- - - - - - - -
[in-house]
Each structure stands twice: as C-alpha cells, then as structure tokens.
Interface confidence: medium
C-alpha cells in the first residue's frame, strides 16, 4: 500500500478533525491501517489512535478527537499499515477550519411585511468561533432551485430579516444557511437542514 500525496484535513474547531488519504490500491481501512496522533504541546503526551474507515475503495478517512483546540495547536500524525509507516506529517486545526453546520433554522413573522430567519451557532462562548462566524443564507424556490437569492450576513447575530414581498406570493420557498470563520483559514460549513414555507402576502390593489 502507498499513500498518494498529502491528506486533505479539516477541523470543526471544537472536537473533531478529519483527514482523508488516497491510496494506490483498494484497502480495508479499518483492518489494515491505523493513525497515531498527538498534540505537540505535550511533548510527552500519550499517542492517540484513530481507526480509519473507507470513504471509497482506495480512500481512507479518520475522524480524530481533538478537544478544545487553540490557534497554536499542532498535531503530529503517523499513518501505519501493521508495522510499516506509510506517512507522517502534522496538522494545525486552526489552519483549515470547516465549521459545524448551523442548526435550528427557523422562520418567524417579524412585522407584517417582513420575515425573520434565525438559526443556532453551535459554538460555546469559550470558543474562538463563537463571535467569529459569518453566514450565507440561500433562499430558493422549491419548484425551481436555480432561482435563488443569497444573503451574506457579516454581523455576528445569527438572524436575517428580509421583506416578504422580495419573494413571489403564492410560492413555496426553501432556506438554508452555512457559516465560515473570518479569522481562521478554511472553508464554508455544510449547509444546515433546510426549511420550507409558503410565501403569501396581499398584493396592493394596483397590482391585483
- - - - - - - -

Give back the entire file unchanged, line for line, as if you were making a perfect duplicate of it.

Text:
[in-house]
Each structure stands twice: as C-alpha cells, then as structure tokens.
Interface confidence: medium
C-alpha cells in the first residue's frame, strides 16, 4: 500500500478533525491501517489512535478527537499499515477550519411585511468561533432551485430579516444557511437542514 500525496484535513474547531488519504490500491481501512496522533504541546503526551474507515475503495478517512483546540495547536500524525509507516506529517486545526453546520433554522413573522430567519451557532462562548462566524443564507424556490437569492450576513447575530414581498406570493420557498470563520483559514460549513414555507402576502390593489 502507498499513500498518494498529502491528506486533505479539516477541523470543526471544537472536537473533531478529519483527514482523508488516497491510496494506490483498494484497502480495508479499518483492518489494515491505523493513525497515531498527538498534540505537540505535550511533548510527552500519550499517542492517540484513530481507526480509519473507507470513504471509497482506495480512500481512507479518520475522524480524530481533538478537544478544545487553540490557534497554536499542532498535531503530529503517523499513518501505519501493521508495522510499516506509510506517512507522517502534522496538522494545525486552526489552519483549515470547516465549521459545524448551523442548526435550528427557523422562520418567524417579524412585522407584517417582513420575515425573520434565525438559526443556532453551535459554538460555546469559550470558543474562538463563537463571535467569529459569518453566514450565507440561500433562499430558493422549491419548484425551481436555480432561482435563488443569497444573503451574506457579516454581523455576528445569527438572524436575517428580509421583506416578504422580495419573494413571489403564492410560492413555496426553501432556506438554508452555512457559516465560515473570518479569522481562521478554511472553508464554508455544510449547509444546515433546510426549511420550507409558503410565501403569501396581499398584493396592493394596483397590482391585483